Trans. Linn. Soc. London 13: 102. 1821.
Stems: bark ± smooth. Leaves: petiole 6–10 mm; blade margins dentate in distal 1/2, lateral veins 15–25 per side, apex acute. Inflorescences: branches stiff, densely rufous-tomentose, with 1–3 barely reduced leaflike bracts, flowers ± sessile; bracteoles deciduous, narrowly triangular, margins entire, rufous-tomentose. Flowers: sepals 3 × 3 mm; petals ± spreading, often notched, 8–10 mm. Pomes: flesh sweet. Seeds 3–5, black, ovoid, shiny. 2n = 34.
Phenology: Flowering spring.
Habitat: Redwood forests, suburban and urban woodlots
Elevation: 0–100 m
Introduced; Calif., Fla., Ga., La., Asia (China), introduced also in Mexico, West Indies, Central America, South America, Europe, n, s Africa, Pacific Islands (New Zealand), Australia.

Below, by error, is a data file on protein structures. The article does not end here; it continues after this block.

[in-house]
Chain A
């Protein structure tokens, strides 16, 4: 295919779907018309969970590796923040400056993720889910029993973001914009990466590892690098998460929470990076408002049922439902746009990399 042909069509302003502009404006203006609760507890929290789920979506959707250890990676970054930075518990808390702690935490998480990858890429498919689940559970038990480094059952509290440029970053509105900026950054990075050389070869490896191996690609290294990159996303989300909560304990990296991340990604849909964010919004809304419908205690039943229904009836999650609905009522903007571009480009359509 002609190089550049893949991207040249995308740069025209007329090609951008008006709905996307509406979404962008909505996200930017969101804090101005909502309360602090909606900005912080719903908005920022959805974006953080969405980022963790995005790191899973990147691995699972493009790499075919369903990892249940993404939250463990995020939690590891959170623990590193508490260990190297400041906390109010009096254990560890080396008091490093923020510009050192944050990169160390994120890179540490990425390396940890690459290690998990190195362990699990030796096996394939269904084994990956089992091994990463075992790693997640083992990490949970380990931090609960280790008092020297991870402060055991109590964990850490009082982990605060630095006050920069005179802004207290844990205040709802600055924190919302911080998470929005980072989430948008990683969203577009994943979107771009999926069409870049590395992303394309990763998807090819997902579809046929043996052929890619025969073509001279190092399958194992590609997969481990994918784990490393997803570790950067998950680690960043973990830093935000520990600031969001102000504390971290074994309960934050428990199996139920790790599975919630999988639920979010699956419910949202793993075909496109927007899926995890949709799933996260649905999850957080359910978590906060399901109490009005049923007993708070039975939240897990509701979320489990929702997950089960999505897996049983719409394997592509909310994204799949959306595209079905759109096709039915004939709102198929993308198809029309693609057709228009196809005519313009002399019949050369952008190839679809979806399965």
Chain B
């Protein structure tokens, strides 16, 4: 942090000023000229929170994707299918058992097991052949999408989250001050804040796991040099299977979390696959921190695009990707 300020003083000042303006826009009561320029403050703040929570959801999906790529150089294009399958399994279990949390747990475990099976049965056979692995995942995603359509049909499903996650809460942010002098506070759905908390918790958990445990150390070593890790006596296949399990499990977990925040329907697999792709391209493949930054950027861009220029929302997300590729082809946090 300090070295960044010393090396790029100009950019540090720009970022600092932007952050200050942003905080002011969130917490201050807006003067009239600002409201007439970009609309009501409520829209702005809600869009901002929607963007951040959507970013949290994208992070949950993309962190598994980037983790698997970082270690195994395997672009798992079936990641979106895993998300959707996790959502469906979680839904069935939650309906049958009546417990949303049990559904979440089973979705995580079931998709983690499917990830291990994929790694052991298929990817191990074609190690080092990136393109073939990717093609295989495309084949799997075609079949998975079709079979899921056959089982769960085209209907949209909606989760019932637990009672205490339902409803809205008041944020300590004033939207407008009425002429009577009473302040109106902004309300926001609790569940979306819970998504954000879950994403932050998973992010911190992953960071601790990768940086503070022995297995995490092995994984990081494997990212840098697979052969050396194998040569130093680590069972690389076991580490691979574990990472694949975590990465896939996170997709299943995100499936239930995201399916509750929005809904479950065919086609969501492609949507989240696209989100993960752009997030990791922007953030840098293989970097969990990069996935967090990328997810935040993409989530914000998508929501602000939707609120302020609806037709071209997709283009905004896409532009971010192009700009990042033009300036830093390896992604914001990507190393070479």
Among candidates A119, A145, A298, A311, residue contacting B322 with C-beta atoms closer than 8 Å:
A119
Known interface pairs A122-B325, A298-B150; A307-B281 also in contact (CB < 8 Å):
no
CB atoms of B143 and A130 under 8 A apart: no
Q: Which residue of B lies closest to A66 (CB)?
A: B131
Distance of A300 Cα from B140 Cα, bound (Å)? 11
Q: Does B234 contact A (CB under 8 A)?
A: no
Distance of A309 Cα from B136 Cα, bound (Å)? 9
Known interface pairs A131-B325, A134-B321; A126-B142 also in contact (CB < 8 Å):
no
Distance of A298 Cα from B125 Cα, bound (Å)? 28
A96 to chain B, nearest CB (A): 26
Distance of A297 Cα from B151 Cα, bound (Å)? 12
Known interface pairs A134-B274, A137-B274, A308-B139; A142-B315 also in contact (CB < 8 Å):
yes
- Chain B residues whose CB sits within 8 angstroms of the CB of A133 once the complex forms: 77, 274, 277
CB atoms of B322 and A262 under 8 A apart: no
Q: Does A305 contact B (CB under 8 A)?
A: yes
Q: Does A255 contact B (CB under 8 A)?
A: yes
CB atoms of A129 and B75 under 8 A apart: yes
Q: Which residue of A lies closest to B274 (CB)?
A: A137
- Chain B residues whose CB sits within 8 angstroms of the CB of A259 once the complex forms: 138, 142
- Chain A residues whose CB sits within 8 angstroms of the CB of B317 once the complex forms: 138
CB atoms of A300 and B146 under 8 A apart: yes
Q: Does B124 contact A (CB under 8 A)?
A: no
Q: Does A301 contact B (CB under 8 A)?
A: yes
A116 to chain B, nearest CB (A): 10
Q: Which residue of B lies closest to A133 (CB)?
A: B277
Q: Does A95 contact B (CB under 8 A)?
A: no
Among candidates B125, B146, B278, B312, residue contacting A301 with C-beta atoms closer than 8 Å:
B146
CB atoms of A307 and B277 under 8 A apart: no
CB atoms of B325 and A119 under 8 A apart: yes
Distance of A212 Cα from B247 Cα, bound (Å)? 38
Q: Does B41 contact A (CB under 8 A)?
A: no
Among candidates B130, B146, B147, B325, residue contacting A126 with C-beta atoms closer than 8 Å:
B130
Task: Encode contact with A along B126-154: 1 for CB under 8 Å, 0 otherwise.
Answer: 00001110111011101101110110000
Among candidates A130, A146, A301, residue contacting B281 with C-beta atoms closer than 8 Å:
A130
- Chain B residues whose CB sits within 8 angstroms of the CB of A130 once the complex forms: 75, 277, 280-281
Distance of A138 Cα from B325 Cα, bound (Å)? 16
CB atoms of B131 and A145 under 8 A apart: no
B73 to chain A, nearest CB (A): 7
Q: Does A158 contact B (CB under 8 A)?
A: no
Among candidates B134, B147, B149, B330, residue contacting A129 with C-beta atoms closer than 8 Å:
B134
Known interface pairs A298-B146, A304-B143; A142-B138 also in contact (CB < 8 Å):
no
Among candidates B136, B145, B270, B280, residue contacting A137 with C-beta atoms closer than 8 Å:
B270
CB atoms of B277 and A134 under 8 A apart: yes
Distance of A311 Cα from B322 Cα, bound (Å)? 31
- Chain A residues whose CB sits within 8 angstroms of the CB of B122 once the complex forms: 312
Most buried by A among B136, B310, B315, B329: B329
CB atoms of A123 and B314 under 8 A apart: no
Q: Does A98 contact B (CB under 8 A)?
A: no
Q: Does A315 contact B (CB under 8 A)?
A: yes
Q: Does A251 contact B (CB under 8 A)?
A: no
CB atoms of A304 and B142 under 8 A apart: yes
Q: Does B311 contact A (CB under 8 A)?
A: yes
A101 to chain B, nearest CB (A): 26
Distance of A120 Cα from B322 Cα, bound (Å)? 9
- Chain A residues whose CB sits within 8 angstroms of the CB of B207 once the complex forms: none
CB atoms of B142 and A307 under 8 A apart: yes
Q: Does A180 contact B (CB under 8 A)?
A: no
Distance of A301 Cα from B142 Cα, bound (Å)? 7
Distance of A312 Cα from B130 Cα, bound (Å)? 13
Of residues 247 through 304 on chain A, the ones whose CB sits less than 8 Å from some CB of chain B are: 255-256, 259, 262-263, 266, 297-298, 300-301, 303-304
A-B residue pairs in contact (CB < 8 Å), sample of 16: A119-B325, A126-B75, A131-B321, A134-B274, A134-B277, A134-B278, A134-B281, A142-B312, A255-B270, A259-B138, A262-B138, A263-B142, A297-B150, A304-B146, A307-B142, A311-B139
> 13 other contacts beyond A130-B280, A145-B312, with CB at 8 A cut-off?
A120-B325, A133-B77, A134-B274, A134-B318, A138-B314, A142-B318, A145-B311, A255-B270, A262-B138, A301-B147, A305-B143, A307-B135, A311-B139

Naturalized plants of Eriobotrya japonica are only sporadically found in North America. The species is apparently native to east-central China (Gu C. and S. A. Spongberg 2003c), but it has long been cultivated and is now spontaneous in a much larger Asian area. The species is cultivated widely for its fruit in warm temperate and subtropical regions.